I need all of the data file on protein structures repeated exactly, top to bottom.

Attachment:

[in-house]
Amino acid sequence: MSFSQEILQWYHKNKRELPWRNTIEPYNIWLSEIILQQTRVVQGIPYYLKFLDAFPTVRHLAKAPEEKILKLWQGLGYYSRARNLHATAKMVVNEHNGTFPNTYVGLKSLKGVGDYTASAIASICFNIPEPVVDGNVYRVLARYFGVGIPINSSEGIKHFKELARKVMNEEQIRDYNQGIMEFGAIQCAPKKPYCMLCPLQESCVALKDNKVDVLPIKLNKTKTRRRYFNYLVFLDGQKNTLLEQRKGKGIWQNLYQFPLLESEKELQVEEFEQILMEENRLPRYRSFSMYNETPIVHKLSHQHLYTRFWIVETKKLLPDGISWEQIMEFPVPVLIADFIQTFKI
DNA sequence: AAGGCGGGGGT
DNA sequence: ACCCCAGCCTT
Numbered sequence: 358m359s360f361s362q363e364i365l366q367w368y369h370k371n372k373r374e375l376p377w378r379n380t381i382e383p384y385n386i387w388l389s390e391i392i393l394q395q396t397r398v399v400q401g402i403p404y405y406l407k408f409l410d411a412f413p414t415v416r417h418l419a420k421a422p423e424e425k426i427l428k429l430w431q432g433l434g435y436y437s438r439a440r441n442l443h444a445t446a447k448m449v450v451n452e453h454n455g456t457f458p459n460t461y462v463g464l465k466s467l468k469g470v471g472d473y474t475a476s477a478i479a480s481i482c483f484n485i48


[in-house]
Amino acid sequence: MSFSQEILQWYHKNKRELPWRNTIEPYNIWLSEIILQQTRVVQGIPYYLKFLDAFPTVRHLAKAPEEKILKLWQGLGYYSRARNLHATAKMVVNEHNGTFPNTYVGLKSLKGVGDYTASAIASICFNIPEPVVDGNVYRVLARYFGVGIPINSSEGIKHFKELARKVMNEEQIRDYNQGIMEFGAIQCAPKKPYCMLCPLQESCVALKDNKVDVLPIKLNKTKTRRRYFNYLVFLDGQKNTLLEQRKGKGIWQNLYQFPLLESEKELQVEEFEQILMEENRLPRYRSFSMYNETPIVHKLSHQHLYTRFWIVETKKLLPDGISWEQIMEFPVPVLIADFIQTFKI
DNA sequence: AAGGCGGGGGT
DNA sequence: ACCCCAGCCTT
Numbered sequence: 358m359s360f361s362q363e364i365l366q367w368y369h370k371n372k373r374e375l376p377w378r379n380t381i382e383p384y385n386i387w388l389s390e391i392i393l394q395q396t397r398v399v400q401g402i403p404y405y406l407k408f409l410d411a412f413p414t415v416r417h418l419a420k421a422p423e424e425k426i427l428k429l430w431q432g433l434g435y436y437s438r439a440r441n442l443h444a445t446a447k448m449v450v451n452e453h454n455g456t457f458p459n460t461y462v463g464l465k466s467l468k469g470v471g472d473y474t475a476s477a478i479a480s481i482c483f484n485i48